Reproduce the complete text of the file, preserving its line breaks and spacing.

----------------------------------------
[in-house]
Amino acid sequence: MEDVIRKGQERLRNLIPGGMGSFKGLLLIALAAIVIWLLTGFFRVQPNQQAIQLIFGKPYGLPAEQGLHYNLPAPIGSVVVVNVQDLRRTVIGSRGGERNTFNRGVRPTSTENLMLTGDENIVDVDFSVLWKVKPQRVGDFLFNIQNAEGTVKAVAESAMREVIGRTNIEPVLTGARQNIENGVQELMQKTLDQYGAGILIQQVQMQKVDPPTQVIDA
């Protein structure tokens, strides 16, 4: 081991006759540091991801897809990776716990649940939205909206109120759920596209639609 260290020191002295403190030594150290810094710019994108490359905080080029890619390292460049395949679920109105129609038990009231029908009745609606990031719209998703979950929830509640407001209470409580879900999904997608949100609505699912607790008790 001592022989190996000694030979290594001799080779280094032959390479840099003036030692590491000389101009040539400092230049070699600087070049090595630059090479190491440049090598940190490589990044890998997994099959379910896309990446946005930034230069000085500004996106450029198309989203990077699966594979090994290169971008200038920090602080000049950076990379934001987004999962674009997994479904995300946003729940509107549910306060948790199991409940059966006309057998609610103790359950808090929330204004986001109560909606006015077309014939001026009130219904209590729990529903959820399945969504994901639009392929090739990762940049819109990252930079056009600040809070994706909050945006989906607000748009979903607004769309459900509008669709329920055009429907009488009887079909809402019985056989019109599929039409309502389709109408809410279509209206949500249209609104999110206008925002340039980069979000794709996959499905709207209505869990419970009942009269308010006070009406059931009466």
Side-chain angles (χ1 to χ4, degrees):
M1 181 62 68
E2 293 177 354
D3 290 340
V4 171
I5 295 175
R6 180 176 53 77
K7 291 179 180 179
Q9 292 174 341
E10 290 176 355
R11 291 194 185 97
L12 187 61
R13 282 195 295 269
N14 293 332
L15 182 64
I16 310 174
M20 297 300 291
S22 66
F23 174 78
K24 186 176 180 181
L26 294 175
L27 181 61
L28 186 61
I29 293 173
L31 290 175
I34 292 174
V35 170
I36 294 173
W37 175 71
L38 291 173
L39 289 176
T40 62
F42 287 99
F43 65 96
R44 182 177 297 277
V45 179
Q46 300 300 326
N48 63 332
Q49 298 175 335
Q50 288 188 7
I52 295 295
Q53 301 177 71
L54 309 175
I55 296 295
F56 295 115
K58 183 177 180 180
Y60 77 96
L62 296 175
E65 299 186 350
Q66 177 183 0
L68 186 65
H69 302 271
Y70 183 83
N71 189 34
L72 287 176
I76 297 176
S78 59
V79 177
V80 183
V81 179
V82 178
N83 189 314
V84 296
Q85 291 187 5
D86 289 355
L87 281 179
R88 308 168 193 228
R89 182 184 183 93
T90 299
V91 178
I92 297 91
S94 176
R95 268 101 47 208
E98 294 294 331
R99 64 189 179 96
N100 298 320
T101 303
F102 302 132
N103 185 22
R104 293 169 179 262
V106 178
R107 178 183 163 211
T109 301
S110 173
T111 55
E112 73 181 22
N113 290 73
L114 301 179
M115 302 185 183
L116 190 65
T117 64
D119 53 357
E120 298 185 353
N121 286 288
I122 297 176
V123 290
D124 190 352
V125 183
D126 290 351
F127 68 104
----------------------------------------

[in-house]
Amino acid sequence: MEDVIRKGQERLRNLIPGGMGSFKGLLLIALAAIVIWLLTGFFRVQPNQQAIQLIFGKPYGLPAEQGLHYNLPAPIGSVVVVNVQDLRRTVIGSRGGERNTFNRGVRPTSTENLMLTGDENIVDVDFSVLWKVKPQRVGDFLFNIQNAEGTVKAVAESAMREVIGRTNIEPVLTGARQNIENGVQELMQKTLDQYGAGILIQQVQMQKVDPPTQVIDA
């Protein structure tokens, strides 16, 4: 081991006759540091991801897809990776716990649940939205909206109120759920596209639609 260290020191002295403190030594150290810094710019994108490359905080080029890619390292460049395949679920109105129609038990009231029908009745609606990031719209998703979950929830509640407001209470409580879900999904997608949100609505699912607790008790 001592022989190996000694030979290594001799080779280094032959390479840099003036030692590491000389101009040539400092230049070699600087070049090595630059090479190491440049090598940190490589990044890998997994099959379910896309990446946005930034230069000085500004996106450029198309989203990077699966594979090994290169971008200038920090602080000049950076990379934001987004999962674009997994479904995300946003729940509107549910306060948790199991409940059966006309057998609610103790359950808090929330204004986001109560909606006015077309014939001026009130219904209590729990529903959820399945969504994901639009392929090739990762940049819109990252930079056009600040809070994706909050945006989906607000748009979903607004769309459900509008669709329920055009429907009488009887079909809402019985056989019109599929039409309502389709109408809410279509209206949500249209609104999110206008925002340039980069979000794709996959499905709207209505869990419970009942009269308010006070009406059931009466």
Side-chain angles (χ1 to χ4, degrees):
M1 181 62 68
E2 293 177 354
D3 290 340
V4 171
I5 295 175
R6 180 176 53 77
K7 291 179 180 179
Q9 292 174 341
E10 290 176 355
R11 291 194 185 97
L12 187 61
R13 282 195 295 269
N14 293 332
L15 182 64
I16 310 174
M20 297 300 291
S22 66
F23 174 78
K24 186 176 180 181
L26 294 175
L27 181 61
L28 186 61
I29 293 173
L31 290 175
I34 292 174
V35 170
I36 294 173
W37 175 71
L38 291 173
L39 289 176
T40 62
F42 287 99
F43 65 96
R44 182 177 297 277
V45 179
Q46 300 300 326
N48 63 332
Q49 298 175 335
Q50 288 188 7
I52 295 295
Q53 301 177 71
L54 309 175
I55 296 295
F56 295 115
K58 183 177 180 180
Y60 77 96
L62 296 175
E65 299 186 350
Q66 177 183 0
L68 186 65
H69 302 271
Y70 183 83
N71 189 34
L72 287 176
I76 297 176
S78 59
V79 177
V80 183
V81 179
V82 178
N83 189 314
V84 296
Q85 291 187 5
D86 289 355
L87 281 179
R88 308 168 193 228
R89 182 184 183 93
T90 299
V91 178
I92 297 91
S94 176
R95 268 101 47 208
E98 294 294 331
R99 64 189 179 96
N100 298 320
T101 303
F102 302 132
N103 185 22
R104 293 169 179 262
V106 178
R107 178 183 163 211
T109 301
S110 173
T111 55
E112 73 181 22
N113 290 73
L114 301 179
M115 302 185 183
L116 190 65
T117 64
D119 53 357
E120 298 185 353
N121 286 288
I122 297 176
V123 290
D124 190 352
V125 183
D126 290 351
F127 68 104